Creative Nonfiction: Researching And Crafting Stories Of Real Life, by Philip Gerard
The writer of this book is gives a great deal of thoughtful and personal advice about writing creative nonfiction. This is the term that has been more or less settled upon at the present time (and, since this book was published twenty years ago, for quite some time) for those writers whose work sits at the boundary between fiction and nonfiction. Since the time this book was published, the writing of personal essays and other creative nonfiction on blogs has become much more popular, and although this book does not discuss blogging at all, it does discuss the mindframe and attitude one should have towards writing nonfiction that has strong artistic and literary style, and as that category of writing happens to include travel writing , memoir/autobiography , personal essays , book and movie reviews , and similar writings, namely almost all of the writing I do and a large amount of the reading I do, I may be the precise sort of person that would best appreciate this book. I loved it. To be sure, not everyone else will love this book, but if you are a writer and you appreciate good writing about good writing, the odds are significant that you will love this book as well, not only for its content but for the fact that the author writes so well, providing an example of creative nonfiction and not merely a discussion of it.
In just over 200 pages the author manages to cover an impressive scope of material concerning the writing of literary nonfiction that aims to convey a commitment to truth while also showing an admirable attention to a storytelling approach and artistic form. Part of this book is a how-to guide from an instructor of creative nonfiction at the University of North Carolina-Wilmington, showing how to experience the first-hand reality of a story that gives one’s writing a sense of authenticity, writing a grabbing opening, crafting an engaging story using dialogue, plot, and conflict, finding a voice that readers can trust and a style that sings with lyrical beauty, writing other people’s stories in an ethical fashion that avoids lawsuits, and revising a work to bring out its essential core. However, this book rises above the workmanlike effort a mere how-to guide by being itself an example of excellent and moving and lyrical prose itself. The book itself is divided into eleven chapters as the author covers such matters as defining creative nonfiction, finding an original subject that corresponds to one’s passions and knowledge, researching, interviewing, working on assignment, deciding the form of one’s creative nonfiction based on how much material it is and what genre it seems to fall into, telling a true story, putting yourself on the line to build interest on the part of the reader, dealing with mystery and structure, style and attitude, revising, and dealing with legal and ethical questions. The author then closes with a bibliography for readers that includes a selected research list for readers interested in a deeper look at the subject.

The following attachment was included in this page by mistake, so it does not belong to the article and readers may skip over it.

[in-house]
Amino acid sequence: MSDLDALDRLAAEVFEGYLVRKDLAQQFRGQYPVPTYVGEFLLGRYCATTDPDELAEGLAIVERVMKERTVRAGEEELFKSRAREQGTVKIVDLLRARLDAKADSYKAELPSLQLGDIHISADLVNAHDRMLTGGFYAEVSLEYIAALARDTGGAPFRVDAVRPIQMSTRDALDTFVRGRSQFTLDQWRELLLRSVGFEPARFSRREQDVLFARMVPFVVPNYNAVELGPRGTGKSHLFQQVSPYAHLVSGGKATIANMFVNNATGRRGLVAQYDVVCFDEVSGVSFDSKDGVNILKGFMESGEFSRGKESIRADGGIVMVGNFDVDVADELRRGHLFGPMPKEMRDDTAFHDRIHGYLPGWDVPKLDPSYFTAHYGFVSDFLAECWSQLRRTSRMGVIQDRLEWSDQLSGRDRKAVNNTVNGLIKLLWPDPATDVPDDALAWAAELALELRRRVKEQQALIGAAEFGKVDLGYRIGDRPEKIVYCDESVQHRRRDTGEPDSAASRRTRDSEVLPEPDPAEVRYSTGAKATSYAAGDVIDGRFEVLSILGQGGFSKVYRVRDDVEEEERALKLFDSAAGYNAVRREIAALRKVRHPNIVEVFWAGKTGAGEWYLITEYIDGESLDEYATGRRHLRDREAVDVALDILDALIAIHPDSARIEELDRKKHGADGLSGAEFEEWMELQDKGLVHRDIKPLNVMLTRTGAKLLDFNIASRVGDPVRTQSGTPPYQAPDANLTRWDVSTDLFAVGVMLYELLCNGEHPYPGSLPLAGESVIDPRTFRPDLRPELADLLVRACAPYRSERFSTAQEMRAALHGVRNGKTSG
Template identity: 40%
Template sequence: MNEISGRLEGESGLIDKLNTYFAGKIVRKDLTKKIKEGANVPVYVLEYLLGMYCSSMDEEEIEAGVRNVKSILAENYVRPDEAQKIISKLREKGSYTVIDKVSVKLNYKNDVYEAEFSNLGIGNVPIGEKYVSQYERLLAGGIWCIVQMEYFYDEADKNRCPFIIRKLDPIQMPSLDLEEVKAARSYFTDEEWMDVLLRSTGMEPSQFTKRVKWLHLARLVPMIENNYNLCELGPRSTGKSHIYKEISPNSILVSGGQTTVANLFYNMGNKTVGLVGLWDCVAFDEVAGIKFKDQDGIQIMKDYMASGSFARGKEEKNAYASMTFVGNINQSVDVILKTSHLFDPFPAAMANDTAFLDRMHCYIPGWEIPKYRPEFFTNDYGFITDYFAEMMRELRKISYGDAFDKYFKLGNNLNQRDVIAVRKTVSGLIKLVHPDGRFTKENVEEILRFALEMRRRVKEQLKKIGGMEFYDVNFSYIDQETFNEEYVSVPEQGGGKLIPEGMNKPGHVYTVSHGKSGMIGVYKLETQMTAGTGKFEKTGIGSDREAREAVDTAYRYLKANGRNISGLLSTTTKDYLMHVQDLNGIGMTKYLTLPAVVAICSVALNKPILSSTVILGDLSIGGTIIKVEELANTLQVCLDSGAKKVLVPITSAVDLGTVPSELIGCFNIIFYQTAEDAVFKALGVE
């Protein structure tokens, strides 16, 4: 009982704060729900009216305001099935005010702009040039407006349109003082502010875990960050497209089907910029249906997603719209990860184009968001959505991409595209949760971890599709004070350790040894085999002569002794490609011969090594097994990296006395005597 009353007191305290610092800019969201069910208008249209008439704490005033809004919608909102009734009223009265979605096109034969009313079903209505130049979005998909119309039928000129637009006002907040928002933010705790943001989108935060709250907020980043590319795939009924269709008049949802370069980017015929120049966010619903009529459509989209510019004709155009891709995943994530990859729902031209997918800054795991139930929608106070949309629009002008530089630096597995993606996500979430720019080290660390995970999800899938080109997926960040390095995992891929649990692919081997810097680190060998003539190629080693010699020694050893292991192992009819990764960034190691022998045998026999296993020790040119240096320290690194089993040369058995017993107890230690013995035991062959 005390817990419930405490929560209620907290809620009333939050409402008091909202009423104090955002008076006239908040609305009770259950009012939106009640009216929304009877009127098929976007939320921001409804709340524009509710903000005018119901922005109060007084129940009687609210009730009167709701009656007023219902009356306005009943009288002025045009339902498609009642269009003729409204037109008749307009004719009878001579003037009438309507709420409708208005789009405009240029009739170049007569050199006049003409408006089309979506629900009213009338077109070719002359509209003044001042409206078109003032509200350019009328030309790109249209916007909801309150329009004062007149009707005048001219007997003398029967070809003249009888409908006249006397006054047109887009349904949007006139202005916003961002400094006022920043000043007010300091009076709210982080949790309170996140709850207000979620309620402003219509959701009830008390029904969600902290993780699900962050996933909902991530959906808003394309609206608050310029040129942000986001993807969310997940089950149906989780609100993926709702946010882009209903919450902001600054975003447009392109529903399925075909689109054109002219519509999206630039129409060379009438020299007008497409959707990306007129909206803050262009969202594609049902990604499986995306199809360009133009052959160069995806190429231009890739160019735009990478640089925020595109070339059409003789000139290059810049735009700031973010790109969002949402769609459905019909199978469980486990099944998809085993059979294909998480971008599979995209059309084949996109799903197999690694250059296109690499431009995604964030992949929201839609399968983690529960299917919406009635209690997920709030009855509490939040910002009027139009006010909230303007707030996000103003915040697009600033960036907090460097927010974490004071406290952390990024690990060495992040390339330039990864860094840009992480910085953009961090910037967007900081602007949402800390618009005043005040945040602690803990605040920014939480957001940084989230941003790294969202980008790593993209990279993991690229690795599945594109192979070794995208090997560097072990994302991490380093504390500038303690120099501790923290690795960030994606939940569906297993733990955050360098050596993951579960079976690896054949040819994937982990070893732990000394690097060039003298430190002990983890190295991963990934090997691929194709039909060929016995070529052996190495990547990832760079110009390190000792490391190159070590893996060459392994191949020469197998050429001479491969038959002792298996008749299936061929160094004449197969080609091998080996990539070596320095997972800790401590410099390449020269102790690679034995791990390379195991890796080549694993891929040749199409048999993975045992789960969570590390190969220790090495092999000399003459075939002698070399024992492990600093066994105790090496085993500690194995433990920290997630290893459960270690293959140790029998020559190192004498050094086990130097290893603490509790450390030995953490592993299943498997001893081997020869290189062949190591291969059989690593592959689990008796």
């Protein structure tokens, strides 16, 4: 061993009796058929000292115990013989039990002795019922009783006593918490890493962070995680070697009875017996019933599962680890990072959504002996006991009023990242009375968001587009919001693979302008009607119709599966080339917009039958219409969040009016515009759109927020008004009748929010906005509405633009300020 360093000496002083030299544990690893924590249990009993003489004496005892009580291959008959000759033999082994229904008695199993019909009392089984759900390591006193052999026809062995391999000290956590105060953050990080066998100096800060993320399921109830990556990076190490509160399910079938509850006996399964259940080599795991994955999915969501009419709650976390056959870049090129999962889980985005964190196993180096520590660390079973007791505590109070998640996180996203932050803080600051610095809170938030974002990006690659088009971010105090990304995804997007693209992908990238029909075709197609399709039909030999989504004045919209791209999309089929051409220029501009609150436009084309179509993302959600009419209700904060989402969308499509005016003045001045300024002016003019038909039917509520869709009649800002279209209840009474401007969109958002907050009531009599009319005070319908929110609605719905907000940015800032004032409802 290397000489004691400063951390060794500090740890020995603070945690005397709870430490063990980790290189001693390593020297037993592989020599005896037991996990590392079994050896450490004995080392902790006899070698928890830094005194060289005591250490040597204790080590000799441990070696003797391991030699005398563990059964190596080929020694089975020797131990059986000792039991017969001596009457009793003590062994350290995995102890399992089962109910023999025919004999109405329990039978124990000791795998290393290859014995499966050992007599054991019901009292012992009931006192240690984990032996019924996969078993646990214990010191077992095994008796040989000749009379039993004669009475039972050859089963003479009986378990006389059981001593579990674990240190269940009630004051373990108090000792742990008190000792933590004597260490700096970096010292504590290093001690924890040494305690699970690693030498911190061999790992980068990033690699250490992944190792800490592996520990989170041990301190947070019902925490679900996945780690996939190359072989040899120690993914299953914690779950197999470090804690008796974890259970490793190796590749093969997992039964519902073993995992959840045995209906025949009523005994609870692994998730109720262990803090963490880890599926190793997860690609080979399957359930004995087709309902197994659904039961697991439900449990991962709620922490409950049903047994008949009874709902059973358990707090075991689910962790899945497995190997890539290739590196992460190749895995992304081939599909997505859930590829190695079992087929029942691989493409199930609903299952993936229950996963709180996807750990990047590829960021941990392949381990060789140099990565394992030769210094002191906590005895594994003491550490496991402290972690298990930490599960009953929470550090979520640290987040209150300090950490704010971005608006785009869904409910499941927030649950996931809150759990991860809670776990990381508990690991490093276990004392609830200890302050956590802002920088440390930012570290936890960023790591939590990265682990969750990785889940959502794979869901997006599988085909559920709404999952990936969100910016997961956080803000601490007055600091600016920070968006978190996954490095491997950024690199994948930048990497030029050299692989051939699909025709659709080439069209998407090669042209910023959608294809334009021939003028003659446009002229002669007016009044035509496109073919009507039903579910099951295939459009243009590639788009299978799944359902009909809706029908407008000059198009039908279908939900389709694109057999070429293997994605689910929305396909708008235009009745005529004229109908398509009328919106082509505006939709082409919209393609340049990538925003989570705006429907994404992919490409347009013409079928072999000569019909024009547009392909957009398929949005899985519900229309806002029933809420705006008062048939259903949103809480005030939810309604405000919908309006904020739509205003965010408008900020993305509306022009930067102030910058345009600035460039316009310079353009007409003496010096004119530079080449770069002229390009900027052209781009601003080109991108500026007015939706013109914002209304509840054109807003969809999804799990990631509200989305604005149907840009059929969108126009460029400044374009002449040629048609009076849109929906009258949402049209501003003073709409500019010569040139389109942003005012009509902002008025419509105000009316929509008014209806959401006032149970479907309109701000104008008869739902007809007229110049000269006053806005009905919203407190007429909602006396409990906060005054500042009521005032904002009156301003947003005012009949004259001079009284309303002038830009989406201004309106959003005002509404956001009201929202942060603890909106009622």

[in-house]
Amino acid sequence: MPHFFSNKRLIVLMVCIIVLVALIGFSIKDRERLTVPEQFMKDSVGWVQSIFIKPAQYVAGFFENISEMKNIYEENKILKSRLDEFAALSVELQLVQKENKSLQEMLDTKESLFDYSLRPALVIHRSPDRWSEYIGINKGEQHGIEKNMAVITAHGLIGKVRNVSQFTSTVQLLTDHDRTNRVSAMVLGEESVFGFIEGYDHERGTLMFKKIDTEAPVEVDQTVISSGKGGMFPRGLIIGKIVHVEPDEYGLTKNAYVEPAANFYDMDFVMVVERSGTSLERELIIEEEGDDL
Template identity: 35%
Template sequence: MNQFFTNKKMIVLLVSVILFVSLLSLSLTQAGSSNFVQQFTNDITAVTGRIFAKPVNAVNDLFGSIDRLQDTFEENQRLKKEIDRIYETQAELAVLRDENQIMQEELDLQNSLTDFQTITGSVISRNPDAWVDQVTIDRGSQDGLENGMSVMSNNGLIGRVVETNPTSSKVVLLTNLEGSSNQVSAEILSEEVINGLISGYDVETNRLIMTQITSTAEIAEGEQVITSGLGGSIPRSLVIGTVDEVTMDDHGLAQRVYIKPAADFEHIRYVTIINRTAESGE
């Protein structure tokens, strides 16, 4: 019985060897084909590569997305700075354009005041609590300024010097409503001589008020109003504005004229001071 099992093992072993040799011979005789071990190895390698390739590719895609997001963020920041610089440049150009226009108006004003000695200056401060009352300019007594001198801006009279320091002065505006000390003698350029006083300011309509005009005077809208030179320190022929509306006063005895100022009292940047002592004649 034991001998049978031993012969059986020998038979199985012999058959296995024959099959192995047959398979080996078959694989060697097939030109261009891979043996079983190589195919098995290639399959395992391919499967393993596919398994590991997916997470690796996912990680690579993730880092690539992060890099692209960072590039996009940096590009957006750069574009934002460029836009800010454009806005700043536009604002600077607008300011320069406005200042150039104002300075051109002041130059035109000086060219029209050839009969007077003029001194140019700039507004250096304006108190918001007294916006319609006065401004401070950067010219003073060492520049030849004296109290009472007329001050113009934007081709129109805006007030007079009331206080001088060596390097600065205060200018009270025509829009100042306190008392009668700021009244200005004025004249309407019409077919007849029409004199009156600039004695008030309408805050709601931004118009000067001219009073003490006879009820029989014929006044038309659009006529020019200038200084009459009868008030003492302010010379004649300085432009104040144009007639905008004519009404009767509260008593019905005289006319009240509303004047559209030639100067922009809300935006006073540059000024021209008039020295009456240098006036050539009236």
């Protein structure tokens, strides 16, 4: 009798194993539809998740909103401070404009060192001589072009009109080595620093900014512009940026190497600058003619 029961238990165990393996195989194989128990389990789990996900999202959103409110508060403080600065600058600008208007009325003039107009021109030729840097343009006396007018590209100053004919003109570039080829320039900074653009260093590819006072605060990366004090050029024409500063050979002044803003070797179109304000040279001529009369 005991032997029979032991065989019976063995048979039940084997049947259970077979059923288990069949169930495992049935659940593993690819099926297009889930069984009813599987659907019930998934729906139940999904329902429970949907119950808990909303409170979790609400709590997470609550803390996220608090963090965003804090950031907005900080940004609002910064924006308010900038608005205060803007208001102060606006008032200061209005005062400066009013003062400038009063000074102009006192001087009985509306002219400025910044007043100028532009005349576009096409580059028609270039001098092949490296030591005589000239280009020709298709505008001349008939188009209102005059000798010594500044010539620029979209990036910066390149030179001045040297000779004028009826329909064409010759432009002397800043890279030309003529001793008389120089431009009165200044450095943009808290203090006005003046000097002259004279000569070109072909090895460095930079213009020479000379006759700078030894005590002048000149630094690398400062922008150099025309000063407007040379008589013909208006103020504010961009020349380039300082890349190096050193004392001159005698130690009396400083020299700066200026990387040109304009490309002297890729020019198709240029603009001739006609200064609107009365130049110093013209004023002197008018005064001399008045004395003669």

Part of what makes this book such an excellent read is that the author knows what he is talking about on several levels. For one, he is an excellent reader of creative nonfiction, with insightful comments such as the following: “We realize, all at once, that they’ve been making art the only way art can be fashioned, out of the imperfect things of this world (15).” The author speaks as a knowledgeable writer of creative fiction, giving voice to the anxieties writers often face in our work: “But in fact most writers I know are just as timid around strangers as the average nonwriter–some even more so. After all, we writers are used to spending long stretches of solitary time in small, isolated rooms, with only the company of our word machines. We hate to bother people. If the person in question is famous, we feel a bit like imposters and are reluctant, even apologetic, about taking up that person’s valuable time. You would think that practice would make it easier to approach complete strangers and ask questions, but in my experience, at least, it never gets easier (56-57).” And the author has also thought long and hard about the tradeoffs made by writers who are under compulsion to write despite its immense costs on their personal happiness and well-being: “In some sense, the writer is always the interloper, the eavesdropper, standing just outside the conversation, on the edge of the memory, participating in it but also already using it, and not always comfortable in the dual role. We feel like spies in the family circle, looters of the family album, under cover agents recording the most intimate conversations of our friends. Informers on ourselves. We give up our lives to make words, telling as many of our secrets as we dare. We give up something–privacy, the freedom of anonymity, the freedom to forget and be forgotten about (146).” It is not only that the author knows how to read and how to write, but pours out of the agony of his soul the struggles faced by a writer who wants to be true to themselves and to the shabbiness of the reality that we often write about, and also to turn that shabby reality into something beautiful and artistic. For those of us who struggle in this task, this is an excellent book to read and reflect upon and apply.
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